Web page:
All of this sounds like problems solved – but they weren’t. I had anchored the figure and it seemed pretty stable when I shook it – but it was too high in the container. The wire was holding the squashed shape unobtrusively. The binding was improved … but still wrong. I couldn’t find a way to wrap the yarn and ribbon so they wouldn’t slip around and they wouldn’t intrude on the head.
I could give up or severely limit the binding with words – but that loses my whole point in developing the piece. Both the meaning of the text and the sense of constriction would go. Yesterday morning, mulling over options and fast disappearing time, I finally noticed an assumption. I was binding the words – influenced by Judith Scott’s work (see www.judithandjoycescott.com/ and posts 21-Feb-2013 and 28-Dec-2012). I’d chosen to make my figure from felt rather than binding, but the concept was still strong. I’d made a single very long ribbon of text and was trying to wrap the container and finding it really difficult to manage.
Giving up actual binding but producing the effect with separate pieces of ribbon would make placement easier – but how to hide the discontinuity on a transparent container? Perhaps a base – but without losing the distortions. In this first mockup I slid some black cardboard between the container and the existing wraps. Not bad, but the black merges with the dark of the open mouth and the head is a bit lost.
Mock-up mark II uses red cardboard and I liked it very much. It creates a place to hide discontinuities, it obscures some of the wrapping and thereby simplifies the image, it grounds the work and stops it floating in space, the red is a contrast to both the dark mouth and the pale skin so provides a background and foil to the head, and in my eyes it provides a coherence to the work, linking the red ribbon and the red in the dress.
The bad, heavy grid is gone. It’s better having the head clear. It was deliberate in the original to have words right across the mouth – they were meant to be gagging the figure. The extra meaning didn’t come through and the design is better without.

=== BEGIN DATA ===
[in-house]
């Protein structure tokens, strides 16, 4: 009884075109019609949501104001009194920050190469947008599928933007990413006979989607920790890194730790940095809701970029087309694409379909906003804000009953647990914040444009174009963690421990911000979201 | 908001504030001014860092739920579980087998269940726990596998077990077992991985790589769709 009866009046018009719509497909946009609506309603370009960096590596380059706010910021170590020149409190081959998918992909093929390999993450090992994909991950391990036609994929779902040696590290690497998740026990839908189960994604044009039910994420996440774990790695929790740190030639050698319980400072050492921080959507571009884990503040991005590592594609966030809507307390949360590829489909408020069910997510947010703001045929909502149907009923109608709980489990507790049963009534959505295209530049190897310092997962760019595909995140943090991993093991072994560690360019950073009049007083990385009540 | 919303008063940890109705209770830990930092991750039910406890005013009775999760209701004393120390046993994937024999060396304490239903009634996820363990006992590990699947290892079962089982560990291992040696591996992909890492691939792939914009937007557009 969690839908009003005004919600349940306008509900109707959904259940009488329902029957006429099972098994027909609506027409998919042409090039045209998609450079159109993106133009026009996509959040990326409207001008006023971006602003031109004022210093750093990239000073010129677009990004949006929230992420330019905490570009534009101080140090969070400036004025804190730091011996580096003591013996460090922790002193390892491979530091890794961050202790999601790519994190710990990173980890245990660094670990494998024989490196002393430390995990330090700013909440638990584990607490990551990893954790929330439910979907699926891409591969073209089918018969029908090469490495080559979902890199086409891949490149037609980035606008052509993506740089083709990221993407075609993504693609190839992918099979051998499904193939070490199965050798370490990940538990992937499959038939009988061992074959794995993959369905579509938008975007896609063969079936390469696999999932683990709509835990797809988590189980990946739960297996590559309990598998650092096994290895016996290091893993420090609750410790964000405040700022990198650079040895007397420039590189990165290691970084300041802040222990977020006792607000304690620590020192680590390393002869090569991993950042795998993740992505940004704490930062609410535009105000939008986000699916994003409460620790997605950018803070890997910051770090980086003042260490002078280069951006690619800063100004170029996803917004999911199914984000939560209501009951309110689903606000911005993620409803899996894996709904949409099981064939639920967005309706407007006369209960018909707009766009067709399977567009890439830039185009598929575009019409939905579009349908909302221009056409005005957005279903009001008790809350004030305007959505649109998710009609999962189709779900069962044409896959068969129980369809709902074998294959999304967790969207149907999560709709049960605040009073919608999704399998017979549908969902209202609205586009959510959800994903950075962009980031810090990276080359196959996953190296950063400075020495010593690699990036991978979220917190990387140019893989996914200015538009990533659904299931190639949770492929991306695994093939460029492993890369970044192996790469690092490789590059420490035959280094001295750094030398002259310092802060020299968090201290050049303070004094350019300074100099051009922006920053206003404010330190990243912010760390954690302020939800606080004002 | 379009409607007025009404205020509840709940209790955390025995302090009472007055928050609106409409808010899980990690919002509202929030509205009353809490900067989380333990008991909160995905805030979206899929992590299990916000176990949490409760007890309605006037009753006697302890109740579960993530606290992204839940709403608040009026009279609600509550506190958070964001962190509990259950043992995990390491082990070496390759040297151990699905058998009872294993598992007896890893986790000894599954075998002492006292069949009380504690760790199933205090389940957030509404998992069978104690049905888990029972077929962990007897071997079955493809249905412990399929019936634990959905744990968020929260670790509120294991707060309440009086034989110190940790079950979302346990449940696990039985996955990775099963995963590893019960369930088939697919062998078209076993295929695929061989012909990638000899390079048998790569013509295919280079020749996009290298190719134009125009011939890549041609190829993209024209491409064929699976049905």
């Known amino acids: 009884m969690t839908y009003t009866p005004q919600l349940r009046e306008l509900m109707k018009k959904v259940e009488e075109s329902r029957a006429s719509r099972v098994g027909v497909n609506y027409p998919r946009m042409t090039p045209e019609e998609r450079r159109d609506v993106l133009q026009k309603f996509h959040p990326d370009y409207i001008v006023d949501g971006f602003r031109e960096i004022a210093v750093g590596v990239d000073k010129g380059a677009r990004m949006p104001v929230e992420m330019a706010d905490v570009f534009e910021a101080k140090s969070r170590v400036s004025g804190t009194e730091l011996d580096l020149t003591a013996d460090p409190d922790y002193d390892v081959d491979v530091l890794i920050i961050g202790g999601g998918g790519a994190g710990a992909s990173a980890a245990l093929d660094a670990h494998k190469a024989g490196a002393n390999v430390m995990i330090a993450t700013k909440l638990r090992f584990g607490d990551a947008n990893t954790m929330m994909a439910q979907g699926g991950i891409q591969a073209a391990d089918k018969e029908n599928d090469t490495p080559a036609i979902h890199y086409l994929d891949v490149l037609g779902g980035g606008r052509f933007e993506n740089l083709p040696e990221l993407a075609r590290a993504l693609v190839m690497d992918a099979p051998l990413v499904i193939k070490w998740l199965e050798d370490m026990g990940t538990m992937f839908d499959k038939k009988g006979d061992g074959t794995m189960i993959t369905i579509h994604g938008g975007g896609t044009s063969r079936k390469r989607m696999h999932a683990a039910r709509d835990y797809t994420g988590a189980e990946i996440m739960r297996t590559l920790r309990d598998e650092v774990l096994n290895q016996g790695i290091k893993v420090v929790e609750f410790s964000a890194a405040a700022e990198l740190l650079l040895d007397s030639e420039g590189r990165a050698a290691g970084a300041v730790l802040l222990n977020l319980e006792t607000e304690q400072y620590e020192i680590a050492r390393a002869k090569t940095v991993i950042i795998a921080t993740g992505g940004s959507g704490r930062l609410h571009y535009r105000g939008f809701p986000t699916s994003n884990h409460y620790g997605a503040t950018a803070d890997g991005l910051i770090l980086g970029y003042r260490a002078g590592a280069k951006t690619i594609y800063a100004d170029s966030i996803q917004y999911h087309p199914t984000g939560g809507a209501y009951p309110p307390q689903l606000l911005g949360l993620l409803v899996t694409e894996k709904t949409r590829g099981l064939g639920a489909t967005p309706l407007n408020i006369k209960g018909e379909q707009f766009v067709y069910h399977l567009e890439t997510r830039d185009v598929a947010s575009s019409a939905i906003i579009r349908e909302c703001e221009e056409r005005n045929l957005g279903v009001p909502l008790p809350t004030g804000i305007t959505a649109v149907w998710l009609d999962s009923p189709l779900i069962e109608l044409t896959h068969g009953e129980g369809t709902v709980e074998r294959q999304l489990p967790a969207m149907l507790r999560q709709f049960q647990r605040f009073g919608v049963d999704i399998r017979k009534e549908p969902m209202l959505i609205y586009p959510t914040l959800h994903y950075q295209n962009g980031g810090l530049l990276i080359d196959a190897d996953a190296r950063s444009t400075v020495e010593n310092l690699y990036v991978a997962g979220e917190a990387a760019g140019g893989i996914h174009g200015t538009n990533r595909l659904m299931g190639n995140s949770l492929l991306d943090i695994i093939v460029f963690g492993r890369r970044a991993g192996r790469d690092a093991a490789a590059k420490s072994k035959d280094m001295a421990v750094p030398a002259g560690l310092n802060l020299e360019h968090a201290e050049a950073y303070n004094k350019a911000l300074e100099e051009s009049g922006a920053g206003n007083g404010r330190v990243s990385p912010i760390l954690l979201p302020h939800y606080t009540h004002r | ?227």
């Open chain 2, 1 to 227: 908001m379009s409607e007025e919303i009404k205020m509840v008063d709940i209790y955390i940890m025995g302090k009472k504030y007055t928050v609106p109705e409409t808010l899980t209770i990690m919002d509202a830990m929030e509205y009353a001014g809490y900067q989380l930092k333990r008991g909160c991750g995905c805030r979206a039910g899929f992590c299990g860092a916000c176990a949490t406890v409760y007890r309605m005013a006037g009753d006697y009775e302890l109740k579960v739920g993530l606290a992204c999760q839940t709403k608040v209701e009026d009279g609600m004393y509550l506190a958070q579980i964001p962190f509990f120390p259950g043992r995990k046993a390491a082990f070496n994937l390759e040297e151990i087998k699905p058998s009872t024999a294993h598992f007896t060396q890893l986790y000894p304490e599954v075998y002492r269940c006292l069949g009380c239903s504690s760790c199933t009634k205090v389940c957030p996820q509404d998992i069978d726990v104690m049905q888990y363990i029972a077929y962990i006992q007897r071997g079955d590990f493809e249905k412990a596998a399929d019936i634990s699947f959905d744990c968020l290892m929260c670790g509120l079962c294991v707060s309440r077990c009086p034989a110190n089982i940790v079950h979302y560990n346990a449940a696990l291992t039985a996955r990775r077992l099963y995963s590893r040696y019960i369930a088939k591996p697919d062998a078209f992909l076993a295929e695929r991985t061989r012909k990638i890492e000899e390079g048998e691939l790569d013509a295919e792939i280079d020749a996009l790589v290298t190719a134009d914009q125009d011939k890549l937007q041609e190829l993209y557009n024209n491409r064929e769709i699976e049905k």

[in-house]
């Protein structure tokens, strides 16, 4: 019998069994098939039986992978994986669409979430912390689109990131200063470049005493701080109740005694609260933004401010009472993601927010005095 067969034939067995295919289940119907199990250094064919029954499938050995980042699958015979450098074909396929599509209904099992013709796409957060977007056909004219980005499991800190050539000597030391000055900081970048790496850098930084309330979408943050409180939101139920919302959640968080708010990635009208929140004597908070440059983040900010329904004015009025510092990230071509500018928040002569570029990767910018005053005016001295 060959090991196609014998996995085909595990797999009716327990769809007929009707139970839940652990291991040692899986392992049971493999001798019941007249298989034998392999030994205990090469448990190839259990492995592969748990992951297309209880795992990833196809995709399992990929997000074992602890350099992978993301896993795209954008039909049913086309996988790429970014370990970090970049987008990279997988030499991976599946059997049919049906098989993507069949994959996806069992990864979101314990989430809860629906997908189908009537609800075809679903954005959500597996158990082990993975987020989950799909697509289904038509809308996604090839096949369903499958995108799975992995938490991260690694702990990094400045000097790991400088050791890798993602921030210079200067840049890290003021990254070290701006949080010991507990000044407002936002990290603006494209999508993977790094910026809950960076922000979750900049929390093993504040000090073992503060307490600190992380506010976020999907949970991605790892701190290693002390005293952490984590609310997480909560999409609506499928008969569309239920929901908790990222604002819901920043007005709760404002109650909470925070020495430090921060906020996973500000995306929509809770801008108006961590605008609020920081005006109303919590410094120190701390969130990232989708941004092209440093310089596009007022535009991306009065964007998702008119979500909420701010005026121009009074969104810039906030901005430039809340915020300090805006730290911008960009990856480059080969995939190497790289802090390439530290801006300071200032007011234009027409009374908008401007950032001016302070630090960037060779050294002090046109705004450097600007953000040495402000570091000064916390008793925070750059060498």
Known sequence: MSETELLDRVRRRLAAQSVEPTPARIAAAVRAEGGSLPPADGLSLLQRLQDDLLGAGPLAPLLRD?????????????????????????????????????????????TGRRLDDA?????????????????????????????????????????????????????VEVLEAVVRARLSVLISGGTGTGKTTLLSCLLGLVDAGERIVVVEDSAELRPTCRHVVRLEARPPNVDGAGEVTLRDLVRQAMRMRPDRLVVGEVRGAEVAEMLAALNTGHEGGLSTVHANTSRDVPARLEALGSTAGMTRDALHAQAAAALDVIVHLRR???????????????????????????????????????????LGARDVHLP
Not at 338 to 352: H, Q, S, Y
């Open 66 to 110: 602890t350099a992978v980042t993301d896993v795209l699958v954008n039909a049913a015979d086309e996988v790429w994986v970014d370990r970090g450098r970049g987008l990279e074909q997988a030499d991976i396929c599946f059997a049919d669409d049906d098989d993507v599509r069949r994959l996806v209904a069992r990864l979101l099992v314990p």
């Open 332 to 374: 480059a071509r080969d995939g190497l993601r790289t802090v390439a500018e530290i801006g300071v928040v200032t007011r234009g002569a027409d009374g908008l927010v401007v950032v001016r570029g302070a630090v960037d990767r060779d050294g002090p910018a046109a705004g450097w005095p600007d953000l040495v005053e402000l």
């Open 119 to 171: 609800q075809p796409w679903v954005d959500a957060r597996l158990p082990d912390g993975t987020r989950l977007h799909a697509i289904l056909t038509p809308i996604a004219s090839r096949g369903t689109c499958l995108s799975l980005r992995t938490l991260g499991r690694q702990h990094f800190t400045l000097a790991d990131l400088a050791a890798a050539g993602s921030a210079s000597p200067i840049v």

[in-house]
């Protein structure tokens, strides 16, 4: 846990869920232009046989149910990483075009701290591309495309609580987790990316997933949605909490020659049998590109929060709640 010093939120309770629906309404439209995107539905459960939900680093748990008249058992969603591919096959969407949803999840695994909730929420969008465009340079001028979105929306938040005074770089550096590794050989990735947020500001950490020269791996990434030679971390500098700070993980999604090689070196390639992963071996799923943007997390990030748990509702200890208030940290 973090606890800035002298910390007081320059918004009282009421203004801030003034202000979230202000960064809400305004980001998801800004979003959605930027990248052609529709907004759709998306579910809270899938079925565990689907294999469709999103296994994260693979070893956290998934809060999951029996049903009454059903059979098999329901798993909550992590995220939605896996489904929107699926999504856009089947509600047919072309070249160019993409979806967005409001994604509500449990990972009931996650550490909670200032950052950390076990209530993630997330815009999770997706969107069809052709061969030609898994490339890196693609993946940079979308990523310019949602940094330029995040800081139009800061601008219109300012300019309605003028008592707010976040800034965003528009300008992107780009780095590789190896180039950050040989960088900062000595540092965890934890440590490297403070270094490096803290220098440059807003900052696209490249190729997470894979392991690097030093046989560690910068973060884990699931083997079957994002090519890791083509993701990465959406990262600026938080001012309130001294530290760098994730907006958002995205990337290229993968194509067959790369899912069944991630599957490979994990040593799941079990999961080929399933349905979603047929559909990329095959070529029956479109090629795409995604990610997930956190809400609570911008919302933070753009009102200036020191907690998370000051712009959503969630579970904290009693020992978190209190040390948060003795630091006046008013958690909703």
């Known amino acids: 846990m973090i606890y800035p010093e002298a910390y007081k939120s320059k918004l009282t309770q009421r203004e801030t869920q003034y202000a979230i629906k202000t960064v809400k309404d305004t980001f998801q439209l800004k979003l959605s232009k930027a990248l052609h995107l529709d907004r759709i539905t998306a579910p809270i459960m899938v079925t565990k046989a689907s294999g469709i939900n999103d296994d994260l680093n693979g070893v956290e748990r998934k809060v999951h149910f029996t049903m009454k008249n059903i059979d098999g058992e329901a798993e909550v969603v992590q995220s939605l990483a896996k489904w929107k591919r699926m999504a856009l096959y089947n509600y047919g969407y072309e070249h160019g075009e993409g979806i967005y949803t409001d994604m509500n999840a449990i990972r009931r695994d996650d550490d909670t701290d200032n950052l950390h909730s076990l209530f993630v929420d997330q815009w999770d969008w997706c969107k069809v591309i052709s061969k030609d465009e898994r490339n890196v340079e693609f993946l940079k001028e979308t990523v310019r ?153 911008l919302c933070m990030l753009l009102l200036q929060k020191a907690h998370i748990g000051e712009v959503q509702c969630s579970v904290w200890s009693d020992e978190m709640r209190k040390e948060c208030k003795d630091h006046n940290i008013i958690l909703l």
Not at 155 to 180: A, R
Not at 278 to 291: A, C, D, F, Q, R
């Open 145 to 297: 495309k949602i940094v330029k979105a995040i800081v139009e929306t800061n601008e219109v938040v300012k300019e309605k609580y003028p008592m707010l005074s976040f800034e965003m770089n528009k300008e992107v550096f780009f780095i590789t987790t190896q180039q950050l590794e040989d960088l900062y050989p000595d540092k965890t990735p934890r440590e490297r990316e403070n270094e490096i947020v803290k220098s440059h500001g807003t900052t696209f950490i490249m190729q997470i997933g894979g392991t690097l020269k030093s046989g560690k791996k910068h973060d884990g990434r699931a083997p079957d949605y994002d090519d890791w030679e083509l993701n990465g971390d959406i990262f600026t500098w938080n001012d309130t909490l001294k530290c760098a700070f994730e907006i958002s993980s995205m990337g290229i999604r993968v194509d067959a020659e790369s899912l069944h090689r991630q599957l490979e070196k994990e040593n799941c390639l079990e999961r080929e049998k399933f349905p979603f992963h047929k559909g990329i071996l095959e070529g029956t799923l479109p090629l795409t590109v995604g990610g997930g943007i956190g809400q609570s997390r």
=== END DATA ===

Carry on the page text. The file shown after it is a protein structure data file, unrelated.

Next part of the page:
There’s space around the head and I agree with Pat’s concern about an entry point for the eye.
The whole effect is still quite busy and messy. I haven’t achieved the increasing density of “wrapping” across the work as I intended. It would be interesting to try lighting with a strong spot on the head area and the rest in relative darkness…
A pause while I tried to simulate that with a torch. Not an easy thing to manage a torch in one hand, a camera in the other, and find a camera setting that can cope with the lighting differences. In short it’s beyond my skills to capture and the colour of the torch light isn’t attractive, but this gives the idea. I think proper, careful directional lighting could really enhance the work.
Using the cardboard base not only hides all the ends, but it gave a place to tape everything multiple times. I taped a second piece of cardboard on the first, sandwiching everything in and (I hope) making it more secure. The security of the pins holding the body remains a major concern. Everything is more stable – but will it be stable enough? It only has to survive one mailing intact.
Overall I’m very glad I made the changes and I think they go some way to meeting the concerns Pat raised.